IBM has announced its intention to acquire OpenPages, a privately held, Massachusetts-based software company focused on governance, risk and compliance (GRC). I noted that after the deal finishes, the business will reside within IBM’s analytics group rather than in document management; this arrangement signals IBM’s intention to integrate its collaboration and communications around performance management (and achieve a fusion of text and data) and sharpen the ability of OpenPages to get an audience with finance and IT organizations, which are mainstays of IBM’s business analytics efforts after its acquisitions of Cognos, SPSS and others.
As I’ve noted, the acronym “GRC” was popularized by IT industry analyst firms in the wake of the Sarbanes-Oxley Act to establish a revenue-generating category. Given this self-serving origin, it’s not surprising that it took the market most of the past decade to begin to catch up to the initial hype. But it is catching up. I think that the “risk” aspect will continue to be the biggest driver of the enterprise GRC market because most compliance requirements are addressed by focused point solutions and “governance” is an amorphous concept that is mainly addressed by risk and compliance management applications.
The active side of enterprise risk management involves identifying the important risks that an organization faces and ensuring that people understand what they are and their potential impacts. Organizations must become able to measure when the probability of a risk event passes a certain threshold. They also need to establish plans for preventing undesirable events from occurring or mitigating the impacts if they do. Having the ability to collaboratively create, update and revise documents is a big part of managing risks because too often this sort of knowledge is tacit and not easily shared.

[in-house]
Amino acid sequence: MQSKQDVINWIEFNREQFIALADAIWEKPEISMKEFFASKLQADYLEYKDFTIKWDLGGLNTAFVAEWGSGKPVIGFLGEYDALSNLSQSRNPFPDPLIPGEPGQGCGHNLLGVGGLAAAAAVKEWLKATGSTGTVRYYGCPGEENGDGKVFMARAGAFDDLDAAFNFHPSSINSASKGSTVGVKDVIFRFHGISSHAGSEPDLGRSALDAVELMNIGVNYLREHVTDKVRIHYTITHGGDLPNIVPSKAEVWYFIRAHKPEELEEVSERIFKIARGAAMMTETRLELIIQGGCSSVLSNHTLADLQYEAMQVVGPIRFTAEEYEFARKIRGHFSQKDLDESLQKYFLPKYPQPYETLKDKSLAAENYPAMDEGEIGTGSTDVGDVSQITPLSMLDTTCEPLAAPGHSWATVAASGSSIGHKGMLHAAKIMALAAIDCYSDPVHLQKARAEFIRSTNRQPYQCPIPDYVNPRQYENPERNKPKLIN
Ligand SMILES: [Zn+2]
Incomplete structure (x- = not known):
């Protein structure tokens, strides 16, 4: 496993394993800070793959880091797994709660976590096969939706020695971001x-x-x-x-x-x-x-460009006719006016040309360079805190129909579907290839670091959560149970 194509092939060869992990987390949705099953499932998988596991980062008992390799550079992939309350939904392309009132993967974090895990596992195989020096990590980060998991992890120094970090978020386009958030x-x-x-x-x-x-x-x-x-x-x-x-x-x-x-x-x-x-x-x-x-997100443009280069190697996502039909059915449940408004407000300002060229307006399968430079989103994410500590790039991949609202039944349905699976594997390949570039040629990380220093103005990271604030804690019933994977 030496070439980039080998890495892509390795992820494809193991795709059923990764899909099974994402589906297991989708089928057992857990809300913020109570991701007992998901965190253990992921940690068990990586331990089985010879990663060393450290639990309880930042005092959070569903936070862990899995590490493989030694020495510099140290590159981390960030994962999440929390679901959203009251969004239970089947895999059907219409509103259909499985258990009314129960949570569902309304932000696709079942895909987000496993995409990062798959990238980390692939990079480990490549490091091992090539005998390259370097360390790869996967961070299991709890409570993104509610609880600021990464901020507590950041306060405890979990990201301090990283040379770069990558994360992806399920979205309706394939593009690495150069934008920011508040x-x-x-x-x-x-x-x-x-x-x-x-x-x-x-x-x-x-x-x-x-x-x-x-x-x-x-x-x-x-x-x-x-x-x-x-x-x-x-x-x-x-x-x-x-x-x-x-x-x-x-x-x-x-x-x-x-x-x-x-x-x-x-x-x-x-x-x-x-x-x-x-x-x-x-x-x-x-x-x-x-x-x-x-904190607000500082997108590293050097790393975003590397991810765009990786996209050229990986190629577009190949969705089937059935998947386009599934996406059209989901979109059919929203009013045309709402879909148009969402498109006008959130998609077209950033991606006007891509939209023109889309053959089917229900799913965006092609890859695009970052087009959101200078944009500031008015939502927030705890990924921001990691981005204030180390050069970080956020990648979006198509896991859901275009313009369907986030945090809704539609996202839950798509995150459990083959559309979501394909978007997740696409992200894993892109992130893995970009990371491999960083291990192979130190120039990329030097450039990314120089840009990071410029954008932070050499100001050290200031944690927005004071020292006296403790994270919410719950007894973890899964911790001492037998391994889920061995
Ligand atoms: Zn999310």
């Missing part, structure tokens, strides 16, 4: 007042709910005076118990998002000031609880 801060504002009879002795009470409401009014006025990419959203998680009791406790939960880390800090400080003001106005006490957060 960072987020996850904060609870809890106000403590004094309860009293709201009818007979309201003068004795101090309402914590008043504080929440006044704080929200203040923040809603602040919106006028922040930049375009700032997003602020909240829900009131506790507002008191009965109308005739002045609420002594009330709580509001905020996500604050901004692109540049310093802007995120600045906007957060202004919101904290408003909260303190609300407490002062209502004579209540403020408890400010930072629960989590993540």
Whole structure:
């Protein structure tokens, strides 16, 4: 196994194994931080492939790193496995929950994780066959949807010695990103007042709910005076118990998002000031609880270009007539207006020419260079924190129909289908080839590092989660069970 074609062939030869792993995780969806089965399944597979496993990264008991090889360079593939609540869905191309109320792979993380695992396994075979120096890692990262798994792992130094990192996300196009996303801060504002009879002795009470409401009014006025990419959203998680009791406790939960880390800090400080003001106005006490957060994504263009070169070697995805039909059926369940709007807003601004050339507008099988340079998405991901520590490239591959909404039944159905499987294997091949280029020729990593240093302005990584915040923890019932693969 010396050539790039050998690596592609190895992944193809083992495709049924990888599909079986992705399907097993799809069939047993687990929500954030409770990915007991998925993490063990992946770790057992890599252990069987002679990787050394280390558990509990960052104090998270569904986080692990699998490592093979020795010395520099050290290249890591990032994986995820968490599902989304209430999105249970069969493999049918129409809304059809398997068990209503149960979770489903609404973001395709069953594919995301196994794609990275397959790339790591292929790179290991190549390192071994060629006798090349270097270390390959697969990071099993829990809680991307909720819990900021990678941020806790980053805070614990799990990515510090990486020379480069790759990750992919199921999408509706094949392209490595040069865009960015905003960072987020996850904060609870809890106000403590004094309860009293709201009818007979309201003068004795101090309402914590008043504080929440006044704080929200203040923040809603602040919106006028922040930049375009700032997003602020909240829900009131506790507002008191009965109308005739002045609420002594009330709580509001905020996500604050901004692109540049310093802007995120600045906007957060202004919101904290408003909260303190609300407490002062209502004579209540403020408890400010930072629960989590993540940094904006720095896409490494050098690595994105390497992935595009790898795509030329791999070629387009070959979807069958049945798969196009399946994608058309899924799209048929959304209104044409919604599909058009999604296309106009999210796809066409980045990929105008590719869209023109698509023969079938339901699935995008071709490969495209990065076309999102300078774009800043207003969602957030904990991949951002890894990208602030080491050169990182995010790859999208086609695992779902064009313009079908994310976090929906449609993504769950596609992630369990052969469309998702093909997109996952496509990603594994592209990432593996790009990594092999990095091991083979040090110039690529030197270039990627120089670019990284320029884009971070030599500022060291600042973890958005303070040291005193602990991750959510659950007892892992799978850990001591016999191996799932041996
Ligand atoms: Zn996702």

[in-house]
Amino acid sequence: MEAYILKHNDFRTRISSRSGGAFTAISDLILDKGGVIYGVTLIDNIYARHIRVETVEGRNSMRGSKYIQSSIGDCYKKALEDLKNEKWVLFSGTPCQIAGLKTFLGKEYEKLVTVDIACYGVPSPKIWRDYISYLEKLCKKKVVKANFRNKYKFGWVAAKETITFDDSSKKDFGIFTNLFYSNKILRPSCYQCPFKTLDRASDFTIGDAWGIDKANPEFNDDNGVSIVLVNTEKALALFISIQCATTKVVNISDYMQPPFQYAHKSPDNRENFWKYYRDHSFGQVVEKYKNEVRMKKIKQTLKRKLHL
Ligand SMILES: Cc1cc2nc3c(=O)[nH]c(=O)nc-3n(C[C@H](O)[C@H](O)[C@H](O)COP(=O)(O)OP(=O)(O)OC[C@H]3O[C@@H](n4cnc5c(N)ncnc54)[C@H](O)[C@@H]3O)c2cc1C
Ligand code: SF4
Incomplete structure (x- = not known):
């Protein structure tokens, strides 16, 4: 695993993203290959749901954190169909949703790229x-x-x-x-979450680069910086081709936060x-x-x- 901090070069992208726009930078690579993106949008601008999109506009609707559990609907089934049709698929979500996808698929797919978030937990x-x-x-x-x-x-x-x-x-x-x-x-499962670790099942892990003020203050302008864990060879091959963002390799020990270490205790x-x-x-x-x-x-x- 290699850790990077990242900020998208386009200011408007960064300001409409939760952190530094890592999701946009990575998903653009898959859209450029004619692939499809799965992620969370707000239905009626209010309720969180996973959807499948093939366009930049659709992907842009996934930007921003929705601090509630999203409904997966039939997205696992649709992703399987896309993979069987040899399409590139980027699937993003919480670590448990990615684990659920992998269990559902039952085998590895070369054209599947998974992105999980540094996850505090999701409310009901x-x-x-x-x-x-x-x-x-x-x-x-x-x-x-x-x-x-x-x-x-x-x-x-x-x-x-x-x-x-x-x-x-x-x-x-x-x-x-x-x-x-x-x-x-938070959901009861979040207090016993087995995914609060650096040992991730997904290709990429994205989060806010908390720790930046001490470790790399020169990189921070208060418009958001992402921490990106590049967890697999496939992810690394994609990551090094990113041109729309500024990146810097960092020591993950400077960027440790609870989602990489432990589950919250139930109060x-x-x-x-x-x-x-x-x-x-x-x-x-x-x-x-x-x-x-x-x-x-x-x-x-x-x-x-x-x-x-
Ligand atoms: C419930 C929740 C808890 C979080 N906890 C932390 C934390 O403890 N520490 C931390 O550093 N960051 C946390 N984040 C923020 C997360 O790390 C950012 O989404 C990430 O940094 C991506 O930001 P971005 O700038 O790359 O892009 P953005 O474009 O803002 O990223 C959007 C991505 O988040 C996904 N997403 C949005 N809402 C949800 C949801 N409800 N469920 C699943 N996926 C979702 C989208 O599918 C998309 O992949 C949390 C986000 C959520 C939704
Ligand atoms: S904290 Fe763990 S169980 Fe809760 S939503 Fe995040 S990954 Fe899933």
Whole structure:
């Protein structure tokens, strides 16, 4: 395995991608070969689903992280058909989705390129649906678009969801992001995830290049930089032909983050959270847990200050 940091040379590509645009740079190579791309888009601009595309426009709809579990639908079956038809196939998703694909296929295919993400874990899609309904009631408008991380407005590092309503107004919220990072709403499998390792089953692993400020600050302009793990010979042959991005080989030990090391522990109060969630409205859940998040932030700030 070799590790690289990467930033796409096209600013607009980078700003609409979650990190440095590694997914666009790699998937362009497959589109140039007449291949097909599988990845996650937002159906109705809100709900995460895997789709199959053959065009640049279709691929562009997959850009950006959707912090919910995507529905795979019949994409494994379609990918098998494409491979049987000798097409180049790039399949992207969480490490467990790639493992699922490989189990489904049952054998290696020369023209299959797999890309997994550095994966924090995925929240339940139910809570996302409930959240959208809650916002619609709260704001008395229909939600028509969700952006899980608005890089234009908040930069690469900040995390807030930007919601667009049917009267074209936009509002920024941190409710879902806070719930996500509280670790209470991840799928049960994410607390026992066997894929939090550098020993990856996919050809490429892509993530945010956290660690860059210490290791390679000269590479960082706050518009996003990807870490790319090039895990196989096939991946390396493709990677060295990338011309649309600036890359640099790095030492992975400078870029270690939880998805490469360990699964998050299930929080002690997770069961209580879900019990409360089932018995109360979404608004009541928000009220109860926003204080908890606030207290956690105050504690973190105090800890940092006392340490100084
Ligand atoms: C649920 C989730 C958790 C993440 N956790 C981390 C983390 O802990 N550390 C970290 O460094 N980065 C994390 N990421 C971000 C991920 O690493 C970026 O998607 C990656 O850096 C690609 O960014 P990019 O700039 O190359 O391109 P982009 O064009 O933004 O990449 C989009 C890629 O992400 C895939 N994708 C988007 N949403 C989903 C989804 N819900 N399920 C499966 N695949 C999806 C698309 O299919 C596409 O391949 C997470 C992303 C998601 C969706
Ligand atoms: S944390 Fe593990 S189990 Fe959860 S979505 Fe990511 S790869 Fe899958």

I believe the biggest opportunity in enterprise compliance management is in documentation, especially in the fusion of text and data for the creation of internal and external reports. An important piece of compliance efforts is to create accurate and complete documents that declare that an organization has homologated regulatory requirements and with them an evidence trail that demonstrates sufficient diligence in these efforts. This alone has real value to many large and some midsize companies. It’s useful to the finance department, which must file Sarbanes-Oxley and other regulatory documents. But I think it also has value in creating internal reports that may have a bearing on any future compliance issues (especially if these require the fusion of text and data).
The acquisition of OpenPages has the potential to pay off since IBM has greater sales and marketing muscle, an established banking practice (where OpenPages has an established risk management presence) and the resources to extend the existing product to take advantage of the IBM software portfolio in ways that were unavailable to the stand-alone company. On this last point, once the transaction is completed, I would expect to hear a lot more about specific product-extension and services plans and how a range of IBM’s analytics and other capabilities will help expand the portfolio. This is an important step for IBM to acquire technology it can build upon and use to compete better against Oracle and SAP, which have well-established GRC products.
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Robert D. Kugel CFA – SVP Research